[Drug-independent blood pressure control through the autonomous nervous system]

Schmidli, Jürg; Mohaupt, Markus G (2012). [Drug-independent blood pressure control through the autonomous nervous system]. Therapeutische Umschau, 69(5), pp. 325-9. Bern: Huber 10.1024/0040-5930/a000292

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Arterial hypertension is a chronic disease with a therapeutical challenge for the patient and the physician involved. Patient-independent techniques with good efficacy and tolerability are wanted. The autonomous nervous system insufficiently therapeutically exploited to date, is now approachable by two types of intervention: renal nerve ablation, an endovascular approach without remaining foreign body, and BAT, baroreflex activating therapy using an implantable device stimulating the carotid sinus. The blood pressure lowering potency of BAT appears more than with renal nerve ablation and also clinical study data are more prevalent. With both treatment options the patients having the most profit are insufficiently defined. Given this knowledge, any form of secondary hypertension needs to be excluded beforehand.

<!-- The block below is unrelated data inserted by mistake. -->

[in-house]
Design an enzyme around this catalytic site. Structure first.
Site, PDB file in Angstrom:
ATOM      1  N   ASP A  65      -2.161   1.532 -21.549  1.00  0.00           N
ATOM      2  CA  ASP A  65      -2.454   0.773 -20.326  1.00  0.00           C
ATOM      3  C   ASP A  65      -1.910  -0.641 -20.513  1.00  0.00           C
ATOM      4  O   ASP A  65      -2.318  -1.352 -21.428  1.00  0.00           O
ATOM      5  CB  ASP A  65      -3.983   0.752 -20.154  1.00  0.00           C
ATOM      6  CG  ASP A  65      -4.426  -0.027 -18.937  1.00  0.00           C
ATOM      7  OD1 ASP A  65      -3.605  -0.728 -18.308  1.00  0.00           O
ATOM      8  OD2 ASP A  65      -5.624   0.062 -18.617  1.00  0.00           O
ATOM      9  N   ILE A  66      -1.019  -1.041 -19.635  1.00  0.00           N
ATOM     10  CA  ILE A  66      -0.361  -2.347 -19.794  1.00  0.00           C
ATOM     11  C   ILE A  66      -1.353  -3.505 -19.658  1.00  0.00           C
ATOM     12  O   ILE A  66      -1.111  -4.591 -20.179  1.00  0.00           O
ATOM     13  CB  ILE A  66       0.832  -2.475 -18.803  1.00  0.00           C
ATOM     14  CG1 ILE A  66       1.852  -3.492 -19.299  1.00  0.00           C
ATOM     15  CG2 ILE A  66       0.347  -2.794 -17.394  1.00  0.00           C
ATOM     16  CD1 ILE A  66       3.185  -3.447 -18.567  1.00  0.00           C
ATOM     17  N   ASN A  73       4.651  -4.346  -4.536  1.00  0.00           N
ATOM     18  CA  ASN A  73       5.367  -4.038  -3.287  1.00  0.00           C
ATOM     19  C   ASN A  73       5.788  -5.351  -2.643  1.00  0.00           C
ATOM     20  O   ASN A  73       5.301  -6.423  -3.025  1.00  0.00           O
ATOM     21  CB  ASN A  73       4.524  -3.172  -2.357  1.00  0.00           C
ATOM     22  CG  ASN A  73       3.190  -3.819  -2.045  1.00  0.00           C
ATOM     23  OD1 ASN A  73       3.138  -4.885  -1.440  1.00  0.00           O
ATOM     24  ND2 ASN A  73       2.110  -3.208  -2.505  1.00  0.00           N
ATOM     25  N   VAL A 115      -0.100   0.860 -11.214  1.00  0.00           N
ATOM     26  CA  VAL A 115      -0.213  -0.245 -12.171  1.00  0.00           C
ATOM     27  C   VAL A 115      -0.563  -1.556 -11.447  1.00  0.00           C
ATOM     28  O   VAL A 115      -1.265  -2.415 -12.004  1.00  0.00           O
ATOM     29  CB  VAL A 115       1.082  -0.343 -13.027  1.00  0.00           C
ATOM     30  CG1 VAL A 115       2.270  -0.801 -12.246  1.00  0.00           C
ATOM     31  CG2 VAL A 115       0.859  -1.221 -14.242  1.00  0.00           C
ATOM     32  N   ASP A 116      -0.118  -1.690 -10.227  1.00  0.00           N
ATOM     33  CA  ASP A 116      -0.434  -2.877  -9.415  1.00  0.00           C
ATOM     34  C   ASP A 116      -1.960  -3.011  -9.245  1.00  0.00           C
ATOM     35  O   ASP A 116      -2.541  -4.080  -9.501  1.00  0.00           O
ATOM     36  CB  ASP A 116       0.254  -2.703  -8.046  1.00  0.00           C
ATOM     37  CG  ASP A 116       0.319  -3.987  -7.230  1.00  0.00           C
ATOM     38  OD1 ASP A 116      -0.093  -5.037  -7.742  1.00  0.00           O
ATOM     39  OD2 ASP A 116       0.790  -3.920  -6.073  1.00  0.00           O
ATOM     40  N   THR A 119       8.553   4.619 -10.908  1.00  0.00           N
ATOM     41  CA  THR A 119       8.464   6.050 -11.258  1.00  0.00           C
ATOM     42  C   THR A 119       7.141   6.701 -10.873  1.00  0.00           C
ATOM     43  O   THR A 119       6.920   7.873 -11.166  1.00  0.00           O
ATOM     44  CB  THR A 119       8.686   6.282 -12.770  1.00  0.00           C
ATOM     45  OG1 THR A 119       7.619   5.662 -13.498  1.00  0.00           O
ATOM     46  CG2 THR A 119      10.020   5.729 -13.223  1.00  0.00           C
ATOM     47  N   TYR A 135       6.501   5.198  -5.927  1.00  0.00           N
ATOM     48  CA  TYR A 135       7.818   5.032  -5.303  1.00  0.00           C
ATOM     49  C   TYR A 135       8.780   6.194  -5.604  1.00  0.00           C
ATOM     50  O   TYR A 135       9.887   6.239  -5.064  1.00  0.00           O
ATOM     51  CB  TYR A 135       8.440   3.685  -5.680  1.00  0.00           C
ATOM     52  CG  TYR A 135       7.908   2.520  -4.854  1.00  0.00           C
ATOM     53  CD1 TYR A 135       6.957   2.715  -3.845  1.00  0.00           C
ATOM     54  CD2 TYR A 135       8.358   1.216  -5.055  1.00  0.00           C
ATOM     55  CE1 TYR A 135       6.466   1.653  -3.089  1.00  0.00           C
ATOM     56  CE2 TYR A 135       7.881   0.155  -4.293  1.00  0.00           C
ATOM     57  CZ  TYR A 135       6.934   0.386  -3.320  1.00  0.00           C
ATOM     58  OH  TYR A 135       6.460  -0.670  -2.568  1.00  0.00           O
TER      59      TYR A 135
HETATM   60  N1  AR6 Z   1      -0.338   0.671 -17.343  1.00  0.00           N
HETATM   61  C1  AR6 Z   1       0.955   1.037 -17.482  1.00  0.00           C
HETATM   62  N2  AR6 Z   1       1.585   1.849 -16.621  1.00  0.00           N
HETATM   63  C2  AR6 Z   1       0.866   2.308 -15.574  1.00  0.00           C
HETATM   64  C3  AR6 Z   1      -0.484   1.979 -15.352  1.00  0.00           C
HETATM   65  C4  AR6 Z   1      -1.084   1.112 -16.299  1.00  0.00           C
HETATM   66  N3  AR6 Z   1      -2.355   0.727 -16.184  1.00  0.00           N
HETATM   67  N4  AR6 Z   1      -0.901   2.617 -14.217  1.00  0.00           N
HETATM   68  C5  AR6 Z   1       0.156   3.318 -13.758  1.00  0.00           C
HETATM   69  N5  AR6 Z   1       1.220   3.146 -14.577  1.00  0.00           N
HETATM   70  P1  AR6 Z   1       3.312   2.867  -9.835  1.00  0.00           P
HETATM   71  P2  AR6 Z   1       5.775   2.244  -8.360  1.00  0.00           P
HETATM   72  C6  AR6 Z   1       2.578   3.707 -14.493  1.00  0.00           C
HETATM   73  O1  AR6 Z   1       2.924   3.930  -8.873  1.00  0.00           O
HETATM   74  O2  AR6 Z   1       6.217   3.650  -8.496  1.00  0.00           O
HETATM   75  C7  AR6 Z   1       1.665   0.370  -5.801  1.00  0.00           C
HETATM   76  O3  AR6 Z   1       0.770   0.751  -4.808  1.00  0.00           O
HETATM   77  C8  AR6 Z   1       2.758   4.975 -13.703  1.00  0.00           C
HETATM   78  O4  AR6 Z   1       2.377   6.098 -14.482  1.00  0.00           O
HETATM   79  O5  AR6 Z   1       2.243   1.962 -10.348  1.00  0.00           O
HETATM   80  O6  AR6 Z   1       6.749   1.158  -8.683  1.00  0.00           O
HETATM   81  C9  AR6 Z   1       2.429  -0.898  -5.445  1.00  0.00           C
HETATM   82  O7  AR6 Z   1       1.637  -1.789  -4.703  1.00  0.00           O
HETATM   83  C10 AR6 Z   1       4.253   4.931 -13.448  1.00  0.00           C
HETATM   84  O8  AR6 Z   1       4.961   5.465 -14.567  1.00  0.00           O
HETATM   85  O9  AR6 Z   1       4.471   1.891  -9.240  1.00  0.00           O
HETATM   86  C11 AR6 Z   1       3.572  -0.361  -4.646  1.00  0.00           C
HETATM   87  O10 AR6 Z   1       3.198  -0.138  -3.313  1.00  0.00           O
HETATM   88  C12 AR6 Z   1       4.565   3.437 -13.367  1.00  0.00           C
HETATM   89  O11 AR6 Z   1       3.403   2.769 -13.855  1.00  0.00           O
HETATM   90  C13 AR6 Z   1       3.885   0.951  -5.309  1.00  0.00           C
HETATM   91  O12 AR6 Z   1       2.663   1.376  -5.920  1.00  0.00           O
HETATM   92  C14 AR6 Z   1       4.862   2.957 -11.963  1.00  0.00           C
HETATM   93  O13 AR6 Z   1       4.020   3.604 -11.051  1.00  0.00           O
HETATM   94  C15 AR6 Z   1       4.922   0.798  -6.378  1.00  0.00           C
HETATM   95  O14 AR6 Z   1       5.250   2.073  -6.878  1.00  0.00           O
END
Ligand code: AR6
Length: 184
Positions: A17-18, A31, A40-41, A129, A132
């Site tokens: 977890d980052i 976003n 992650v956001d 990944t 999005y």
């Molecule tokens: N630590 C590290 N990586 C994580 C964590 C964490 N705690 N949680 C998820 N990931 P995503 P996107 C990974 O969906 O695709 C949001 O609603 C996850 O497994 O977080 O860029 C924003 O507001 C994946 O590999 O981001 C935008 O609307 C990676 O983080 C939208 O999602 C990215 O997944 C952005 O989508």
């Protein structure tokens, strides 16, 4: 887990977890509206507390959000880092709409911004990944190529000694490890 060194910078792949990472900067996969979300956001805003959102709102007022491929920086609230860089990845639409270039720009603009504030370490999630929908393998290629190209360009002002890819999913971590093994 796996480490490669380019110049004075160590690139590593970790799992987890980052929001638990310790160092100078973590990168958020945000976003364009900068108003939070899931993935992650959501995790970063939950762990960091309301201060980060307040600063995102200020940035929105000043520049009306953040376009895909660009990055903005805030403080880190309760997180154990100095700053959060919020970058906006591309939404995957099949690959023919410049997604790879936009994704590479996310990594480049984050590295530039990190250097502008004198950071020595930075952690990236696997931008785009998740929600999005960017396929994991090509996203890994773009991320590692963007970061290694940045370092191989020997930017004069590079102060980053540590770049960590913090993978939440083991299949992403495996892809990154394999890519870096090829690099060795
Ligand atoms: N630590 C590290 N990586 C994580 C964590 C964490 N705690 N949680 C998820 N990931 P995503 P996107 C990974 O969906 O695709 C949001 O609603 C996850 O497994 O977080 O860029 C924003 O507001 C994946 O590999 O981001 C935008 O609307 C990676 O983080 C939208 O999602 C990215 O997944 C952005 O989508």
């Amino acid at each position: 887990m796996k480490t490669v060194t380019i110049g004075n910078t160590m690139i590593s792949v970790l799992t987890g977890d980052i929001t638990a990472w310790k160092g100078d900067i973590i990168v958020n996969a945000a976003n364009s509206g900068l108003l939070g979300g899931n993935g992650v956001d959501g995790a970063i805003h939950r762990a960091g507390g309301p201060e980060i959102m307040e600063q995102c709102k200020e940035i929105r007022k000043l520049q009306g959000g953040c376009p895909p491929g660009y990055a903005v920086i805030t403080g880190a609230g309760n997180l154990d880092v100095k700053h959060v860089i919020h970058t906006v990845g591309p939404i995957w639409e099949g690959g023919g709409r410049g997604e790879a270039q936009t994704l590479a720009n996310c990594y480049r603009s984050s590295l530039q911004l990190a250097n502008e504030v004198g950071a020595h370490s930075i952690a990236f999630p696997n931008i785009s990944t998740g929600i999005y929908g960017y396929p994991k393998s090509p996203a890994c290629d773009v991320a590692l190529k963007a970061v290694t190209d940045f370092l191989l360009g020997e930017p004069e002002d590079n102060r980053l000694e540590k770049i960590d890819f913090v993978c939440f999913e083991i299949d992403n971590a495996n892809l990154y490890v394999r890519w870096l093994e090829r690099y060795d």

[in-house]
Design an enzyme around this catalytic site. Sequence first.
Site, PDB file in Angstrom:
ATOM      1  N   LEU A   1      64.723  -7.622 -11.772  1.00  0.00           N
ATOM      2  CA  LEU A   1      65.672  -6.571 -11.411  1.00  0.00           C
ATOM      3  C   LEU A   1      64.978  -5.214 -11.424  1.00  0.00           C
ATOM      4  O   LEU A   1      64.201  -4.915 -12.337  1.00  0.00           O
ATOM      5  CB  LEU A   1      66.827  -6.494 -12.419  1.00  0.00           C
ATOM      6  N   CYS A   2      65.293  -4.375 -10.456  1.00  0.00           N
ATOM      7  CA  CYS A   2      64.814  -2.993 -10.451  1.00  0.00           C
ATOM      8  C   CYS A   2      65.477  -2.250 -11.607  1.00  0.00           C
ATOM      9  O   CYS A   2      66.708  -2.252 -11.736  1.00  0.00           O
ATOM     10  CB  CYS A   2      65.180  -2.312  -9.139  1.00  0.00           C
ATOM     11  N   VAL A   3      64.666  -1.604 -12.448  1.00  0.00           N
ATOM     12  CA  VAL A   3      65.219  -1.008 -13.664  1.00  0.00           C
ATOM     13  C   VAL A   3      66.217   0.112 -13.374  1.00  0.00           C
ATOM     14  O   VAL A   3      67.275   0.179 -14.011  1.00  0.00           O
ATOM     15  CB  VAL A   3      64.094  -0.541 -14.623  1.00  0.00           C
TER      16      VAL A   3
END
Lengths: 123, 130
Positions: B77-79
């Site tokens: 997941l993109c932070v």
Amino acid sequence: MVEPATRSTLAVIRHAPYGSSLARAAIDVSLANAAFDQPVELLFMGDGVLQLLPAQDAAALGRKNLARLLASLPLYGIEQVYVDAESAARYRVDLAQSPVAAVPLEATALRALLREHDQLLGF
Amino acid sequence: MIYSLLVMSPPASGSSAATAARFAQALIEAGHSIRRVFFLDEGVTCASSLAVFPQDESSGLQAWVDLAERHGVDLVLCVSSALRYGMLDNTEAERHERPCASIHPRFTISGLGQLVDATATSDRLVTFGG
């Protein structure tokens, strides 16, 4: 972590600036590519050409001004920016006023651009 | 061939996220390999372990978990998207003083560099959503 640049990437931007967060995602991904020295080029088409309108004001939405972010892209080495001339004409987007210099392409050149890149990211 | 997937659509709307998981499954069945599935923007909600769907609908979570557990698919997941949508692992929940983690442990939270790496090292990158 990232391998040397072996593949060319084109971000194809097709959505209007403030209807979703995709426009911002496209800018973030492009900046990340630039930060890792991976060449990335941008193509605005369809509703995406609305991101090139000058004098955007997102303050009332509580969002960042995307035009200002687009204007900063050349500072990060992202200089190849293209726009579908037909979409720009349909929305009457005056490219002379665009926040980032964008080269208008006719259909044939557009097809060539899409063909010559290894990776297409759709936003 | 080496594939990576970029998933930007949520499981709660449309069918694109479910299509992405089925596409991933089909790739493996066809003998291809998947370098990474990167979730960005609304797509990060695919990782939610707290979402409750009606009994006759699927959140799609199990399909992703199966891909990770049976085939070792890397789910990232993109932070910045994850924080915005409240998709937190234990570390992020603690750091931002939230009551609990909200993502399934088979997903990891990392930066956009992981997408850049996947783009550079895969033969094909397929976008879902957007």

Item Type:

Journal Article (Original Article)


04 Faculty of Medicine > Department of Cardiovascular Disorders (DHGE) > Clinic of Heart Surgery
04 Faculty of Medicine > Department of Dermatology, Urology, Rheumatology, Nephrology, Osteoporosis (DURN) > Clinic of Nephrology and Hypertension

UniBE Contributor:

Schmidli, Jürg, Mohaupt, Markus








Markus Georg Mohaupt

Date Deposited:

04 Oct 2013 14:35

Last Modified:

27 Feb 2024 14:29

Publisher DOI:


PubMed ID:



https://boris.unibe.ch/id/eprint/14183 (FactScience: 221037)

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